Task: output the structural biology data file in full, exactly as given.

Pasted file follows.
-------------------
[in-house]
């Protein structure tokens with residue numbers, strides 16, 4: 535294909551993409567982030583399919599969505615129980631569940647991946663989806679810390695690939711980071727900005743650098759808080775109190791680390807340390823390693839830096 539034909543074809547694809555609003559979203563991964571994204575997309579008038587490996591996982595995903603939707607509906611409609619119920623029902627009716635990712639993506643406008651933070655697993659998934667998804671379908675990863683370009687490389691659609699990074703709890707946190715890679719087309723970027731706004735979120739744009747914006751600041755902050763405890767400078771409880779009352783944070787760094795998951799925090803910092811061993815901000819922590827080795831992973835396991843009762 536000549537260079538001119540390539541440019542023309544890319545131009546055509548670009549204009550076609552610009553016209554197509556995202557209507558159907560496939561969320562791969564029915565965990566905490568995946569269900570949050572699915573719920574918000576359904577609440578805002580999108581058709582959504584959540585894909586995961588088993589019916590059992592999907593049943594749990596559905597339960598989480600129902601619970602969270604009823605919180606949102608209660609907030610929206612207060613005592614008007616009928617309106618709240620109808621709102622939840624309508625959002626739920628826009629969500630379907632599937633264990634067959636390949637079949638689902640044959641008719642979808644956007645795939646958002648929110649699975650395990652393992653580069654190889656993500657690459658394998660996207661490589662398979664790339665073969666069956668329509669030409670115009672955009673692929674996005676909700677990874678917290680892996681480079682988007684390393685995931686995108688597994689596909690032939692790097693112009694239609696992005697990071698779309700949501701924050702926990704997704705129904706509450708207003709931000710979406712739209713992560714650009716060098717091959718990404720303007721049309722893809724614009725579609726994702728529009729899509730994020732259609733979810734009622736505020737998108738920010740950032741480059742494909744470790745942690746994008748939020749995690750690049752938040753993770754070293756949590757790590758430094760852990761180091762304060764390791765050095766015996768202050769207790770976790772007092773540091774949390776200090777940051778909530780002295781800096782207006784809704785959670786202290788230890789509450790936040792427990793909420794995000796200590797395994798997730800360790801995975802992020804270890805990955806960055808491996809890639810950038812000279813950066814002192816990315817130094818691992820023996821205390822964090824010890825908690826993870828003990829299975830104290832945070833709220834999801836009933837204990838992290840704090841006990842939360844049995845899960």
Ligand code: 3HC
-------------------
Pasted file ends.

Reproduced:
[in-house]
């Protein structure tokens with residue numbers, strides 16, 4: 535294909551993409567982030583399919599969505615129980631569940647991946663989806679810390695690939711980071727900005743650098759808080775109190791680390807340390823390693839830096 539034909543074809547694809555609003559979203563991964571994204575997309579008038587490996591996982595995903603939707607509906611409609619119920623029902627009716635990712639993506643406008651933070655697993659998934667998804671379908675990863683370009687490389691659609699990074703709890707946190715890679719087309723970027731706004735979120739744009747914006751600041755902050763405890767400078771409880779009352783944070787760094795998951799925090803910092811061993815901000819922590827080795831992973835396991843009762 536000549537260079538001119540390539541440019542023309544890319545131009546055509548670009549204009550076609552610009553016209554197509556995202557209507558159907560496939561969320562791969564029915565965990566905490568995946569269900570949050572699915573719920574918000576359904577609440578805002580999108581058709582959504584959540585894909586995961588088993589019916590059992592999907593049943594749990596559905597339960598989480600129902601619970602969270604009823605919180606949102608209660609907030610929206612207060613005592614008007616009928617309106618709240620109808621709102622939840624309508625959002626739920628826009629969500630379907632599937633264990634067959636390949637079949638689902640044959641008719642979808644956007645795939646958002648929110649699975650395990652393992653580069654190889656993500657690459658394998660996207661490589662398979664790339665073969666069956668329509669030409670115009672955009673692929674996005676909700677990874678917290680892996681480079682988007684390393685995931686995108688597994689596909690032939692790097693112009694239609696992005697990071698779309700949501701924050702926990704997704705129904706509450708207003709931000710979406712739209713992560714650009716060098717091959718990404720303007721049309722893809724614009725579609726994702728529009729899509730994020732259609733979810734009622736505020737998108738920010740950032741480059742494909744470790745942690746994008748939020749995690750690049752938040753993770754070293756949590757790590758430094760852990761180091762304060764390791765050095766015996768202050769207790770976790772007092773540091774949390776200090777940051778909530780002295781800096782207006784809704785959670786202290788230890789509450790936040792427990793909420794995000796200590797395994798997730800360790801995975802992020804270890805990955806960055808491996809890639810950038812000279813950066814002192816990315817130094818691992820023996821205390822964090824010890825908690826993870828003990829299975830104290832945070833709220834999801836009933837204990838992290840704090841006990842939360844049995845899960």
Ligand code: 3HC